What Kring does have working in his favor are lessons he learned from Heroes. If the story structure of the Touch pilot is any indication, Kring will be able to preach his word across the globe (as he likes to do) with disposable characters rather than populate his series with a cast equal in size to the population of New York City. He'll also be able to focus on the relationship between Martin and Jake and air out his other less-formed concepts in standalone stories. Kring had good ideas with Heroes, but couldn't maintain them beyond a few episodes. An environment in which he can forget about them after a week should benefit him.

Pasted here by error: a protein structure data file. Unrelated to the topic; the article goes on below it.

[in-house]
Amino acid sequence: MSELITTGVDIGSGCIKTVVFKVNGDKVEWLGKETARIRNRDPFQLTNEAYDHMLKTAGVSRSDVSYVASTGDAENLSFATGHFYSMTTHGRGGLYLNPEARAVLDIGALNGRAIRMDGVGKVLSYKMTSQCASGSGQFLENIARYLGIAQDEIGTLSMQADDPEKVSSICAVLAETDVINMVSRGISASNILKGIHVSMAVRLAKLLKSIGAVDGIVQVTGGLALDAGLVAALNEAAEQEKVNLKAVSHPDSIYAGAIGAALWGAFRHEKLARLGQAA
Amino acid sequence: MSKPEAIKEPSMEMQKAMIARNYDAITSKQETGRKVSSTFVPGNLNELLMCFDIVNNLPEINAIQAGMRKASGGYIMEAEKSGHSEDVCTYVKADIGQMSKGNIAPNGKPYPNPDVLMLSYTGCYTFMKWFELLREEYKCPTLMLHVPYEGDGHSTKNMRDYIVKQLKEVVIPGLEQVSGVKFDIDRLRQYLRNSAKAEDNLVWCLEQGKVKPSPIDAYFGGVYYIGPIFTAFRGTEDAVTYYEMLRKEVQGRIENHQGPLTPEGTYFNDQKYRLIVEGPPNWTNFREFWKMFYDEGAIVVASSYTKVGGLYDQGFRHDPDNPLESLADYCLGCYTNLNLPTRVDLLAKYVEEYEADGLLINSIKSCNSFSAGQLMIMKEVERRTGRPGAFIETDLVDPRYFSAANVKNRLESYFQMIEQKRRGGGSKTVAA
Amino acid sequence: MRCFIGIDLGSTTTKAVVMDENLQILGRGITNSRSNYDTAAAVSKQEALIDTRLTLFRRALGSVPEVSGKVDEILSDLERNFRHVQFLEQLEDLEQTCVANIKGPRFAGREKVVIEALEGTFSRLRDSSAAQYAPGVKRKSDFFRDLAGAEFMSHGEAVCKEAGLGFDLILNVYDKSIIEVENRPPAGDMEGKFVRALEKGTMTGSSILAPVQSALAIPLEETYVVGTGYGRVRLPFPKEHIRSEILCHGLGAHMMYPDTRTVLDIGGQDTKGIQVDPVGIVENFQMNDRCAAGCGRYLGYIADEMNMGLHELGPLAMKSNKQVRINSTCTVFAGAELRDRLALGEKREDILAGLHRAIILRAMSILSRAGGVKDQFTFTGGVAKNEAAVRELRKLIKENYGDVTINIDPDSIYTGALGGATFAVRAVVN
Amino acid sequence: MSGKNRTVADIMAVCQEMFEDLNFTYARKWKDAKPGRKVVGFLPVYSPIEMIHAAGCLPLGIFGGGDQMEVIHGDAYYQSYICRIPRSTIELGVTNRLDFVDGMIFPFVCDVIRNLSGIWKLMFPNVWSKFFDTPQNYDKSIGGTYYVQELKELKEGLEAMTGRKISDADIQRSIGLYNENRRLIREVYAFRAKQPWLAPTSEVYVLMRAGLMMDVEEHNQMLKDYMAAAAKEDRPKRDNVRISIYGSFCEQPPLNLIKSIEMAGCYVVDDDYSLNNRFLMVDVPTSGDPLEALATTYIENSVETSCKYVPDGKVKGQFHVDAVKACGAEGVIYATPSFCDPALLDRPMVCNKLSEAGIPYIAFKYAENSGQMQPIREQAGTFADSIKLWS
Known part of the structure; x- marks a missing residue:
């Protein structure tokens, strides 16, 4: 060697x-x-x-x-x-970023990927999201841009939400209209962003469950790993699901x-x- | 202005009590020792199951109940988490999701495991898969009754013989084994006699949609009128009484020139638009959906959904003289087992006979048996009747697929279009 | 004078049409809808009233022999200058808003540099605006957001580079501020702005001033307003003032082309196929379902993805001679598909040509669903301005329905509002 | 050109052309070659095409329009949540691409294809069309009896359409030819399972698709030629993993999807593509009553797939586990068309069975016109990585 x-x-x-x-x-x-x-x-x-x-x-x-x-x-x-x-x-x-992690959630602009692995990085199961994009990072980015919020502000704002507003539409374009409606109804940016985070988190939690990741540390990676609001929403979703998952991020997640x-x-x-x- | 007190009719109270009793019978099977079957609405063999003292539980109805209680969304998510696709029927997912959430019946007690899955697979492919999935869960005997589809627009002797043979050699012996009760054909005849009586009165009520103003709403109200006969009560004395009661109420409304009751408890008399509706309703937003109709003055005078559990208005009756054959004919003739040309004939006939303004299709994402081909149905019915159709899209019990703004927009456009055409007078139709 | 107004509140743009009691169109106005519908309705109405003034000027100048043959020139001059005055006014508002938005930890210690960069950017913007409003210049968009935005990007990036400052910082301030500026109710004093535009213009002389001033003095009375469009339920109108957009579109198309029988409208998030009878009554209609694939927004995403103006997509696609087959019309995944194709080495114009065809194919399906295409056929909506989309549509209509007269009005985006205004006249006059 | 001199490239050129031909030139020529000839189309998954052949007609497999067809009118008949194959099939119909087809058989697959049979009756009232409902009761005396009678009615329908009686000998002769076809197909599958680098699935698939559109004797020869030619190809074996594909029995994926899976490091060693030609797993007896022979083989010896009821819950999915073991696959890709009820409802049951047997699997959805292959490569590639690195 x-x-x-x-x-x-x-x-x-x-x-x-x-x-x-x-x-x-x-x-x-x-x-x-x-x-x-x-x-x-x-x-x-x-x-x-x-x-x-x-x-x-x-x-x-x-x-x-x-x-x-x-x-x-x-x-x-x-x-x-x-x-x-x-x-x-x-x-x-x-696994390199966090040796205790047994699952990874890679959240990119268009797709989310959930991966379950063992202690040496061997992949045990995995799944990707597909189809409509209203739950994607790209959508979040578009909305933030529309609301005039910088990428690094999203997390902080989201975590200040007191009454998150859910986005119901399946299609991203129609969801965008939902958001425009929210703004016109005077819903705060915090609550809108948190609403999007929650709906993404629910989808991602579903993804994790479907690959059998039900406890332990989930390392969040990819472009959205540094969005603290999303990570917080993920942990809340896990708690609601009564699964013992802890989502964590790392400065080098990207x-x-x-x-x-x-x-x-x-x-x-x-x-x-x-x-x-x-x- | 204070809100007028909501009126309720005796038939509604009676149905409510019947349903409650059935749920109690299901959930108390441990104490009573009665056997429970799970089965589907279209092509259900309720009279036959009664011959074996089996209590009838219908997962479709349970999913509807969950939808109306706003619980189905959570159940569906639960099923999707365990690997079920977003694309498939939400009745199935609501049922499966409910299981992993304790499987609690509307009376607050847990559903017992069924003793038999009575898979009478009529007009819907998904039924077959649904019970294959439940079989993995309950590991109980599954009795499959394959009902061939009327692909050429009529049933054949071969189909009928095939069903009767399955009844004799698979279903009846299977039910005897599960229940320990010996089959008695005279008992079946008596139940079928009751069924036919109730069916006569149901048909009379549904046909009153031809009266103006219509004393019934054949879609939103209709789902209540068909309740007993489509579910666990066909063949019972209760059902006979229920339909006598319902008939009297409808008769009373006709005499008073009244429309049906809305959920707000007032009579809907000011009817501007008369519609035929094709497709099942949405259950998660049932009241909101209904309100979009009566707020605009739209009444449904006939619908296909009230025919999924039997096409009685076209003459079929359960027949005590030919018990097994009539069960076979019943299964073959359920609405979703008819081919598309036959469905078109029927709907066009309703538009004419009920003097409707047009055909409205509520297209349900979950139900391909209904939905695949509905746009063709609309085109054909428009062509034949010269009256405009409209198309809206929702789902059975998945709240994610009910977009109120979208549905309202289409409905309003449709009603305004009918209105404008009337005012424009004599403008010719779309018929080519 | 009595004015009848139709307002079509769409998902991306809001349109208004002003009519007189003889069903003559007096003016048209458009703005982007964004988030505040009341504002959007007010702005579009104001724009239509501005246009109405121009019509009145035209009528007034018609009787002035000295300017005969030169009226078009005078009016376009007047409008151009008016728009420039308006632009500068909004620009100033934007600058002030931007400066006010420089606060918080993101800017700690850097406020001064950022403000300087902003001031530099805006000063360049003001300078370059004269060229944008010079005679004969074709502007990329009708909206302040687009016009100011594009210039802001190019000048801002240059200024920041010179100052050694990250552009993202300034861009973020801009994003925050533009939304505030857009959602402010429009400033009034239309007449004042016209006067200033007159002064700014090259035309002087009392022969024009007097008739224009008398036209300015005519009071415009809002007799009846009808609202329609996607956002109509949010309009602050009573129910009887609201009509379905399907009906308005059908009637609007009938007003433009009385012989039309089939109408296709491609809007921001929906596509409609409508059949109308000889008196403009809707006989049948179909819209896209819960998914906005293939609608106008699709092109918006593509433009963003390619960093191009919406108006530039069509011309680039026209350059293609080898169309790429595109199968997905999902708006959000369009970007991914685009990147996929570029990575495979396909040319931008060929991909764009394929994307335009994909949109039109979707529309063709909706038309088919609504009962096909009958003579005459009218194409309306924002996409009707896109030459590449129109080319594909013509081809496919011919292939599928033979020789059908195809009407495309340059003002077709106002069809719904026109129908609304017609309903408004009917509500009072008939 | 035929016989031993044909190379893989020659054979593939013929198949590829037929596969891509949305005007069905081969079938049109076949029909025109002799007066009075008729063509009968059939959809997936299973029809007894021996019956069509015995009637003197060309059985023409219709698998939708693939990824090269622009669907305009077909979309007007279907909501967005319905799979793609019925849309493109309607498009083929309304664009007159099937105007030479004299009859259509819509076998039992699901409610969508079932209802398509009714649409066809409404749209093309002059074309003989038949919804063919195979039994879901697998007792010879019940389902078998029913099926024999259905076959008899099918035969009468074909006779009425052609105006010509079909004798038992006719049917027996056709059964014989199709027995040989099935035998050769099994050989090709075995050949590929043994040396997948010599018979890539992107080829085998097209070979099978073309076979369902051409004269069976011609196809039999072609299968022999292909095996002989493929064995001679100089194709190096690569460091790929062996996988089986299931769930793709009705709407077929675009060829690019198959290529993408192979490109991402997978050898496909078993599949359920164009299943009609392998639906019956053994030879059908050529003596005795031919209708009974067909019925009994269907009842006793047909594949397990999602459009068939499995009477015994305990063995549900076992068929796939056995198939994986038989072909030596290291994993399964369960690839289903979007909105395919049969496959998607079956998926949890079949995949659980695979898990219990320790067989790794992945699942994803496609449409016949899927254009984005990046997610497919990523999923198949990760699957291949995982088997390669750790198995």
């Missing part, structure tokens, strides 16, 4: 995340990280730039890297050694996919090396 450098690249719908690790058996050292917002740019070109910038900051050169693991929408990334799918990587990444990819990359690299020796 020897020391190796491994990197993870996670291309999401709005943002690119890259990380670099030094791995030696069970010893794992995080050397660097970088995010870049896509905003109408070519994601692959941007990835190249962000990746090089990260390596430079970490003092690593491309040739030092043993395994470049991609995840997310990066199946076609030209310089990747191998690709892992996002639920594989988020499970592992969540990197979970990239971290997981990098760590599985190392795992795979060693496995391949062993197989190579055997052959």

Thematically, Touch's pilot worked very well and should leave viewers with a better sense of their place in the world. The fewer questions you ask about plot, the more enjoyable it is. But there WERE a lot of questions that came up, and they interfered with my absolute enjoyment of it. As a passing piece of art, the episode did the trick, and there's enough going on to get me to tune in for Episode 2 in March. But when considering whether this numbers-and-patterns drama will be Fox's great next series, it's wait-and-see regarding whether it'll add up.


Follow TV.com writer Tim Surette on Twitter: @TimAtTVDotCom